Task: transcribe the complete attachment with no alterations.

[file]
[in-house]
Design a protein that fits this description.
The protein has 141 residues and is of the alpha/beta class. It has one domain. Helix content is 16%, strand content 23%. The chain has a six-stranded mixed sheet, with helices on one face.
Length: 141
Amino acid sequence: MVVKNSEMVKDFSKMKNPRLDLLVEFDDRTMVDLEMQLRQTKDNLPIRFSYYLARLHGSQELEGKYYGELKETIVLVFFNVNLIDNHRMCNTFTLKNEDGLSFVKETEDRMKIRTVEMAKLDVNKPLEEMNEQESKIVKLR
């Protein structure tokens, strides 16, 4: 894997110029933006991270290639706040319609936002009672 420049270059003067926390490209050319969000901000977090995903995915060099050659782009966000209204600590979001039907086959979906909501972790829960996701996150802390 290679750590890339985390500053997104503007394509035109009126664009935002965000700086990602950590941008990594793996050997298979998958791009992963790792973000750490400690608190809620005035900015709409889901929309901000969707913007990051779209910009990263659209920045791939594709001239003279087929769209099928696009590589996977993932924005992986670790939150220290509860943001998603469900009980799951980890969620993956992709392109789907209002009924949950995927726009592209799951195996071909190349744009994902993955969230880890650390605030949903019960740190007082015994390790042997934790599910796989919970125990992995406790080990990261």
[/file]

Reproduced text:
[in-house]
Design a protein that fits this description.
The protein has 141 residues and is of the alpha/beta class. It has one domain. Helix content is 16%, strand content 23%. The chain has a six-stranded mixed sheet, with helices on one face.
Length: 141
Amino acid sequence: MVVKNSEMVKDFSKMKNPRLDLLVEFDDRTMVDLEMQLRQTKDNLPIRFSYYLARLHGSQELEGKYYGELKETIVLVFFNVNLIDNHRMCNTFTLKNEDGLSFVKETEDRMKIRTVEMAKLDVNKPLEEMNEQESKIVKLR
């Protein structure tokens, strides 16, 4: 894997110029933006991270290639706040319609936002009672 420049270059003067926390490209050319969000901000977090995903995915060099050659782009966000209204600590979001039907086959979906909501972790829960996701996150802390 290679750590890339985390500053997104503007394509035109009126664009935002965000700086990602950590941008990594793996050997298979998958791009992963790792973000750490400690608190809620005035900015709409889901929309901000969707913007990051779209910009990263659209920045791939594709001239003279087929769209099928696009590589996977993932924005992986670790939150220290509860943001998603469900009980799951980890969620993956992709392109789907209002009924949950995927726009592209799951195996071909190349744009994902993955969230880890650390605030949903019960740190007082015994390790042997934790599910796989919970125990992995406790080990990261």